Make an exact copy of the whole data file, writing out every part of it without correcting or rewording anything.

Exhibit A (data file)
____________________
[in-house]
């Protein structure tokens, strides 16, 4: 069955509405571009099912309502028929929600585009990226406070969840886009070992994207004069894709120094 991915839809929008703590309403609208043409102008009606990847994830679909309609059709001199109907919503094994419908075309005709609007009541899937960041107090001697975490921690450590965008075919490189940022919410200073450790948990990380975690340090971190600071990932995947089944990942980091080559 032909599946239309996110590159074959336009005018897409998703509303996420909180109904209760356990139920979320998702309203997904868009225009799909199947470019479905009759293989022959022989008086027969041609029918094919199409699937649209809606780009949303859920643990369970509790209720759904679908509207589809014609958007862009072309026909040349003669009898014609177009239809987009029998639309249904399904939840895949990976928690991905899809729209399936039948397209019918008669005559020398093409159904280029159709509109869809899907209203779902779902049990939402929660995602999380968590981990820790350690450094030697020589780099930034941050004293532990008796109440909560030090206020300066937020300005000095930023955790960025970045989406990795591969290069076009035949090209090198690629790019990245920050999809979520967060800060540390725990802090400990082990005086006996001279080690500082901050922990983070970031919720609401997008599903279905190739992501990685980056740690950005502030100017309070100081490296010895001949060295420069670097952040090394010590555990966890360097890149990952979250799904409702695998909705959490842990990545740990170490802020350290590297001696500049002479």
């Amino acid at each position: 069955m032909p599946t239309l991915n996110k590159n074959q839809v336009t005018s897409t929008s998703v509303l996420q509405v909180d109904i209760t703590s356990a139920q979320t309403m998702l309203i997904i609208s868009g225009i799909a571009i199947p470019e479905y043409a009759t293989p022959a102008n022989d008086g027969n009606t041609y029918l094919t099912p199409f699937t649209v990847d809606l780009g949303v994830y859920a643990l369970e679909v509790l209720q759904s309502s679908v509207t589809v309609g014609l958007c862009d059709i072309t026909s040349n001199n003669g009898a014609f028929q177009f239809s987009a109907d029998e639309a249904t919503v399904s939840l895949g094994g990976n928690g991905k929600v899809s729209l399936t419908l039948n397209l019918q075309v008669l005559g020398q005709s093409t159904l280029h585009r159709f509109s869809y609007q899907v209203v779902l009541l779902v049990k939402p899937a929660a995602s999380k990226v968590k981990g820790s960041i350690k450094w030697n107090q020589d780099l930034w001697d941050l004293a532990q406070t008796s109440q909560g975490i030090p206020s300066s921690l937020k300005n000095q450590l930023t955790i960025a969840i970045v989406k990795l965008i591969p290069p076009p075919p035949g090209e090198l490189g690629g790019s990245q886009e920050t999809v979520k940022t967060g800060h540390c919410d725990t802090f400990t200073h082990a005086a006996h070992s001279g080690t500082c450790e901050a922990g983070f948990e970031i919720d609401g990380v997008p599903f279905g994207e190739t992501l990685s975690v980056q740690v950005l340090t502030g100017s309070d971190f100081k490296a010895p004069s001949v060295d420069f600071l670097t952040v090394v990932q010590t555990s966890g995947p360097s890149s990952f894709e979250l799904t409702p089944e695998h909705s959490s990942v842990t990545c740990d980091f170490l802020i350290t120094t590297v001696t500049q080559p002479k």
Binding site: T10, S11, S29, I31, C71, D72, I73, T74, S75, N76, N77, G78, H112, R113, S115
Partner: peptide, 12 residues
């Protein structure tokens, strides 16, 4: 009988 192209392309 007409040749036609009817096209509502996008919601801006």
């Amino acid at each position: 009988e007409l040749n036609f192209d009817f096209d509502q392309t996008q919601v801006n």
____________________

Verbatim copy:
[in-house]
């Protein structure tokens, strides 16, 4: 069955509405571009099912309502028929929600585009990226406070969840886009070992994207004069894709120094 991915839809929008703590309403609208043409102008009606990847994830679909309609059709001199109907919503094994419908075309005709609007009541899937960041107090001697975490921690450590965008075919490189940022919410200073450790948990990380975690340090971190600071990932995947089944990942980091080559 032909599946239309996110590159074959336009005018897409998703509303996420909180109904209760356990139920979320998702309203997904868009225009799909199947470019479905009759293989022959022989008086027969041609029918094919199409699937649209809606780009949303859920643990369970509790209720759904679908509207589809014609958007862009072309026909040349003669009898014609177009239809987009029998639309249904399904939840895949990976928690991905899809729209399936039948397209019918008669005559020398093409159904280029159709509109869809899907209203779902779902049990939402929660995602999380968590981990820790350690450094030697020589780099930034941050004293532990008796109440909560030090206020300066937020300005000095930023955790960025970045989406990795591969290069076009035949090209090198690629790019990245920050999809979520967060800060540390725990802090400990082990005086006996001279080690500082901050922990983070970031919720609401997008599903279905190739992501990685980056740690950005502030100017309070100081490296010895001949060295420069670097952040090394010590555990966890360097890149990952979250799904409702695998909705959490842990990545740990170490802020350290590297001696500049002479």
């Amino acid at each position: 069955m032909p599946t239309l991915n996110k590159n074959q839809v336009t005018s897409t929008s998703v509303l996420q509405v909180d109904i209760t703590s356990a139920q979320t309403m998702l309203i997904i609208s868009g225009i799909a571009i199947p470019e479905y043409a009759t293989p022959a102008n022989d008086g027969n009606t041609y029918l094919t099912p199409f699937t649209v990847d809606l780009g949303v994830y859920a643990l369970e679909v509790l209720q759904s309502s679908v509207t589809v309609g014609l958007c862009d059709i072309t026909s040349n001199n003669g009898a014609f028929q177009f239809s987009a109907d029998e639309a249904t919503v399904s939840l895949g094994g990976n928690g991905k929600v899809s729209l399936t419908l039948n397209l019918q075309v008669l005559g020398q005709s093409t159904l280029h585009r159709f509109s869809y609007q899907v209203v779902l009541l779902v049990k939402p899937a929660a995602s999380k990226v968590k981990g820790s960041i350690k450094w030697n107090q020589d780099l930034w001697d941050l004293a532990q406070t008796s109440q909560g975490i030090p206020s300066s921690l937020k300005n000095q450590l930023t955790i960025a969840i970045v989406k990795l965008i591969p290069p076009p075919p035949g090209e090198l490189g690629g790019s990245q886009e920050t999809v979520k940022t967060g800060h540390c919410d725990t802090f400990t200073h082990a005086a006996h070992s001279g080690t500082c450790e901050a922990g983070f948990e970031i919720d609401g990380v997008p599903f279905g994207e190739t992501l990685s975690v980056q740690v950005l340090t502030g100017s309070d971190f100081k490296a010895p004069s001949v060295d420069f600071l670097t952040v090394v990932q010590t555990s966890g995947p360097s890149s990952f894709e979250l799904t409702p089944e695998h909705s959490s990942v842990t990545c740990d980091f170490l802020i350290t120094t590297v001696t500049q080559p002479k």
Binding site: T10, S11, S29, I31, C71, D72, I73, T74, S75, N76, N77, G78, H112, R113, S115
Partner: peptide, 12 residues
């Protein structure tokens, strides 16, 4: 009988 192209392309 007409040749036609009817096209509502996008919601801006």
């Amino acid at each position: 009988e007409l040749n036609f192209d009817f096209d509502q392309t996008q919601v801006n």